Sisters

 

(top photo credit: http://imgarcade.com/1/human-fetus-at-12-weeks/)

Exodus Freedom Conference: The Reality of Grace


Last week’s Exodus International Freedom Conference was a HUGE blessing to all who attended! This year’s theme was “The Reality of Grace” and each speaker brought a message of that reality to those in attendance. God’s grace IS a reality in which we can rest, and it was such an encouraging reminder to me of His love and grace.

The workshop I presented with Salida Brooks was well received and encouraging to many. We spoke about the role of the church and the counseling community in the healing process of those who have suffered trauma.

Please continue to be in prayer for those who counsel and minister on the “front lines”. Pray that those seeking healing will find it in the Great Physician.

Several opportunities for further ministry with other groups around the nation were presented; please pray that God will open doors for unified work with other ministries.

During our workshop there were several excellent questions asked that we were only able to give very brief answers to due to time constraints, so over the next few days I will be addressing some of them at length.

If you have questions concerning ministry with people who struggle with overcoming past trauma or same-sex attraction (both were topics addressed in our workshop), please post them in the comments section and I will do my best to answer them.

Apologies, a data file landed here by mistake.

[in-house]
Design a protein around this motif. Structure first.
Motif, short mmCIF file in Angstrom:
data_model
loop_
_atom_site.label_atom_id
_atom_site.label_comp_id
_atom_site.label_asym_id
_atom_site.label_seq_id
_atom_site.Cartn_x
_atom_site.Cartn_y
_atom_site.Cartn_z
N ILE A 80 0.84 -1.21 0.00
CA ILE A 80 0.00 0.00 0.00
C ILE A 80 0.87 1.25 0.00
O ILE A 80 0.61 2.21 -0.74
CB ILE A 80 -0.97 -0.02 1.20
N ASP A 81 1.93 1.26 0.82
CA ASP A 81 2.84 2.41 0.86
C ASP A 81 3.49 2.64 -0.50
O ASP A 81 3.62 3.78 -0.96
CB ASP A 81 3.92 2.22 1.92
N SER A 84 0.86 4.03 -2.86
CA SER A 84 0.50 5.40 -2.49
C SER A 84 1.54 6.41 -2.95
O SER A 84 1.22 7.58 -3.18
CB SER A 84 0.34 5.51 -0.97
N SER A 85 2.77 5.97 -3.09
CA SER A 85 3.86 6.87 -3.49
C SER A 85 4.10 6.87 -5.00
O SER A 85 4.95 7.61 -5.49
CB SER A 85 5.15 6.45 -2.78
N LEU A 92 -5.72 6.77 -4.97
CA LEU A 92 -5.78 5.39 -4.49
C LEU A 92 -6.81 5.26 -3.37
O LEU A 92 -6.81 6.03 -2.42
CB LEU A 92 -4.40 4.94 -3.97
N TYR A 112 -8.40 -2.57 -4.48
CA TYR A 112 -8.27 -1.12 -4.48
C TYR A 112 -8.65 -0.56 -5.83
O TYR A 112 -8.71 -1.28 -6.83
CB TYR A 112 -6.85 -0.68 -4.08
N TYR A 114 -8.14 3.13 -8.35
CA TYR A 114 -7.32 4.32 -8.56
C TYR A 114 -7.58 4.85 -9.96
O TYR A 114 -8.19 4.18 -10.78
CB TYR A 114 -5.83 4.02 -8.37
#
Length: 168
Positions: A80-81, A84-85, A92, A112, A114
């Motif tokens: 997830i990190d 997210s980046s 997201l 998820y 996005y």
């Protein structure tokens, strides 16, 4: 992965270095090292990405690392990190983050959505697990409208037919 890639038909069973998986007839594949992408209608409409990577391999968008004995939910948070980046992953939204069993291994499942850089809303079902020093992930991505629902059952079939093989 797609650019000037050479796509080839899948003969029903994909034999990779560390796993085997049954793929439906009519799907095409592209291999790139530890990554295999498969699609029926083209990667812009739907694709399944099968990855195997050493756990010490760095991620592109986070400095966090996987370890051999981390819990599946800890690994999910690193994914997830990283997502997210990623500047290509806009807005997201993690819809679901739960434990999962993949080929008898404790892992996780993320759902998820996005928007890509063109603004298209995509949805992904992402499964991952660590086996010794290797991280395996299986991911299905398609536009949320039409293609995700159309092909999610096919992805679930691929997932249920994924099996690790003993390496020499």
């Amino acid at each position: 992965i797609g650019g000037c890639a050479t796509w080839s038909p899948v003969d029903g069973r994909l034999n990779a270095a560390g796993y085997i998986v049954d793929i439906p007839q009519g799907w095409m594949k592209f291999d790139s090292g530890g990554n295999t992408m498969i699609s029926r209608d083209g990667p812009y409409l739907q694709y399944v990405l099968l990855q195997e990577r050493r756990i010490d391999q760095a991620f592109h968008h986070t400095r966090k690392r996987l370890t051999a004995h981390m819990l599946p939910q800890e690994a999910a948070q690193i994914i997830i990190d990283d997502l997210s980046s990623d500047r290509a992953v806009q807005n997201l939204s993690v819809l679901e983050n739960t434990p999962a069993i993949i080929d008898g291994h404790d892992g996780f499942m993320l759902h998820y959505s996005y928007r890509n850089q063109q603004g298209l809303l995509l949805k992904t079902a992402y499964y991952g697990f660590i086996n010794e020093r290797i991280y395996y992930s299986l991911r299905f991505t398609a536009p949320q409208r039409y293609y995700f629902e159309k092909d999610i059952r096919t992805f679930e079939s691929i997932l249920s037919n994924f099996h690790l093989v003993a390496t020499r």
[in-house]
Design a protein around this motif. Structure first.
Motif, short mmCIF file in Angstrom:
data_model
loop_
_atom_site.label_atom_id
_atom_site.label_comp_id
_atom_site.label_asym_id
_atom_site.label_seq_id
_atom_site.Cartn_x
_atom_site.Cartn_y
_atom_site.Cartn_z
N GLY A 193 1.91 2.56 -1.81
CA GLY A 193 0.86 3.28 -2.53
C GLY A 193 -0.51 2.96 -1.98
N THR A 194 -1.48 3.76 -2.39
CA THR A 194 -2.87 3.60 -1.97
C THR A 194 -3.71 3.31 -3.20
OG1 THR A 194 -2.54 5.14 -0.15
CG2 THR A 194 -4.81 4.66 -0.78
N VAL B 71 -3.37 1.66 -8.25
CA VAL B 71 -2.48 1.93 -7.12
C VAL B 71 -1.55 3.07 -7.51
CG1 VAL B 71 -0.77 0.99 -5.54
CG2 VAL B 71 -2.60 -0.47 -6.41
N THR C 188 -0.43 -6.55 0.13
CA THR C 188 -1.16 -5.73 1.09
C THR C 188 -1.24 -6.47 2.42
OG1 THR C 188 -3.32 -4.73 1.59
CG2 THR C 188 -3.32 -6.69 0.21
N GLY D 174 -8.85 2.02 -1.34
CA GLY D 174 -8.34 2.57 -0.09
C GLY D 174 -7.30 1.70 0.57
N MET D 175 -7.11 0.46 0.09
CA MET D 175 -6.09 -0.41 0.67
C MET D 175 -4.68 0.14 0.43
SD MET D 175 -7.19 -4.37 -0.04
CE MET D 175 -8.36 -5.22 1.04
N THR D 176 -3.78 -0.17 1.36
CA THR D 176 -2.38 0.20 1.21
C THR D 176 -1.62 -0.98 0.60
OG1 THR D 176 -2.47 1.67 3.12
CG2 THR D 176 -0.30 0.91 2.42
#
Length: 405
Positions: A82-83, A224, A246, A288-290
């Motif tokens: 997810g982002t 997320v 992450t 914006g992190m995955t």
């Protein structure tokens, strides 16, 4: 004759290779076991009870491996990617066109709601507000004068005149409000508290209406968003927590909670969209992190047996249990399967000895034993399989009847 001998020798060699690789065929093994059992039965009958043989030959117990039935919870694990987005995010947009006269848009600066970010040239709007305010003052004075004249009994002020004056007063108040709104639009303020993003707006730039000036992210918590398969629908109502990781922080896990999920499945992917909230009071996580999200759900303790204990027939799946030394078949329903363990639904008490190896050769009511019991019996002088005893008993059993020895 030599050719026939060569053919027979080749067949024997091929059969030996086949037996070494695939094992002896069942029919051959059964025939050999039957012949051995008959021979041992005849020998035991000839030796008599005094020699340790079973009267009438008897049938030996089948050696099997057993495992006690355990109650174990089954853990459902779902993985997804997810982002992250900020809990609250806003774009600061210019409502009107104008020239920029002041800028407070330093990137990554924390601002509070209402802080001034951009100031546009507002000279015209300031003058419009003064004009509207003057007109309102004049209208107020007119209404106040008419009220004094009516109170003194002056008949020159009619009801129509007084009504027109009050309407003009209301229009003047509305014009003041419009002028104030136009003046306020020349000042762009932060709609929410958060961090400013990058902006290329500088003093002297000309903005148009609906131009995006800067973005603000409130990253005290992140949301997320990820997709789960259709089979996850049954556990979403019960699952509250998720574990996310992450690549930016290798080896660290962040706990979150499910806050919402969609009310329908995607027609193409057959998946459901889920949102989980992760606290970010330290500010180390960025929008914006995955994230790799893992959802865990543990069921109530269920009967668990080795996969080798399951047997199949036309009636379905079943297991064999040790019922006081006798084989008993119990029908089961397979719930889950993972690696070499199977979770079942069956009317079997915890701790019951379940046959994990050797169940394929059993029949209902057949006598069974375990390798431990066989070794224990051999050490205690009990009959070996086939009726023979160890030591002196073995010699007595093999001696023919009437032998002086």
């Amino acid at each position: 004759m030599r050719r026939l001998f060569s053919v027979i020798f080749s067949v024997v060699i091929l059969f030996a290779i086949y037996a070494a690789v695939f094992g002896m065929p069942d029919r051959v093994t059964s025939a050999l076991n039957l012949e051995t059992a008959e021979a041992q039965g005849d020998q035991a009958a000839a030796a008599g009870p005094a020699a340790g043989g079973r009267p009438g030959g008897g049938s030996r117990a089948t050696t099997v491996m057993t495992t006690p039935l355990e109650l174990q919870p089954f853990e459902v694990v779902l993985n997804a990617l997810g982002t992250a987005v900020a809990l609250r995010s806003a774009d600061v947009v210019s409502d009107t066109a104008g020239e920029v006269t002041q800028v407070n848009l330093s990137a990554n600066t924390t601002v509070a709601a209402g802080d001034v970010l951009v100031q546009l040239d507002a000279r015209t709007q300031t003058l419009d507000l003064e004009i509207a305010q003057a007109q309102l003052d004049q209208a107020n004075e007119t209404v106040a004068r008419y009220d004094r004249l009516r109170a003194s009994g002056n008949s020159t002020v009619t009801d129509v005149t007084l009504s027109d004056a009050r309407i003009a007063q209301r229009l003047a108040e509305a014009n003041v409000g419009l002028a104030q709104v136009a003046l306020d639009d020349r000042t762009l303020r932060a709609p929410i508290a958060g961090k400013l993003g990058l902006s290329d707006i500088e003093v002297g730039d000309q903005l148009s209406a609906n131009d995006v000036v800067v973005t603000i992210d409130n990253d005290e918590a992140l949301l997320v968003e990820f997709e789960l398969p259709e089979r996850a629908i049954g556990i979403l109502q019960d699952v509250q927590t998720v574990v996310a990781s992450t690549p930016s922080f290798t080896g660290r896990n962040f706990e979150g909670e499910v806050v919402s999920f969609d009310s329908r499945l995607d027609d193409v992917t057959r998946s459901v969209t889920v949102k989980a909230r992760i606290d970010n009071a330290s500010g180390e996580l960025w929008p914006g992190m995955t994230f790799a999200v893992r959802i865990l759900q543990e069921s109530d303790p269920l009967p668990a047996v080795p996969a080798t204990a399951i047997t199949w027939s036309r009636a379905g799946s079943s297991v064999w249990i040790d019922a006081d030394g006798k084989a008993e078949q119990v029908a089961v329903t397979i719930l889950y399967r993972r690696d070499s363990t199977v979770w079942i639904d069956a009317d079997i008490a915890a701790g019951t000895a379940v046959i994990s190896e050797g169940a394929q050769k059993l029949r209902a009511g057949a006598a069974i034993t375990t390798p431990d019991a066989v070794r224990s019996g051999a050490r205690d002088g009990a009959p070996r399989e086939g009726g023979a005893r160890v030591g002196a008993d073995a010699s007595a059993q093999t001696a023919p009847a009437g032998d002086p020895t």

Instruments, Part 6


The last two chapters of the book deal with the action aspect of change in the heart of the church as a whole. While the first three parts of the personal ministry—Love, know and speak—are vital to the confrontation of people in sin, this last aspect, the doing aspect, is the key to keeping one another in a healthy state of change. “Do” is the daily process not of achieving some sort of behavioral perfection, but rather, the process of learning daily how to fulfill the commandment to “Be holy, because I am holy” (Lev. 11:44) (239). The process of becoming instruments of change is not with a foreseeable end. As long as people are living and breathing on this planet, Tripp reminds the reader that change is possible and required. “Do trains people in the decisions, actions, relationships, and skills of Christ-centered, biblically informed living. We have a wonderful opportunity not only to teach people how to solve their problems biblically, but to turn their lives around for the long run” (243-244).

The appendices to the text of this book are full of valuable practical application information that will be vital to a successful ministry of helping others with biblical change. In the appendices, Tripp covers valuable topics, such as hindrances to the data gathering process, biblical explanations for the success of giving homework in biblical counseling, descriptions of the types of qualities a counselor should bring into the life of a counselee, and how each of these concepts fit into the overall process of counseling.

This is a solidly written book rich in biblical truths, but there is one main witness a reader should be aware of prior to reading the text. There are times when Tripp’s writing can digress into a long list of personal anecdote stories that occasionally feel as though they are filler words to meet a publisher’s page number requirement. Often, when making a point about a certain type of struggle, or in an attempt to show the universal effects of sin, he will include numerous life examples, either anonymous examples or personal examples. This issue by no means takes away from the quality of the writing as a whole, but for someone who is reading this as a more academic endeavor, entire paragraphs of applicatory examples from “real life” can begin to seem pointless and redundant.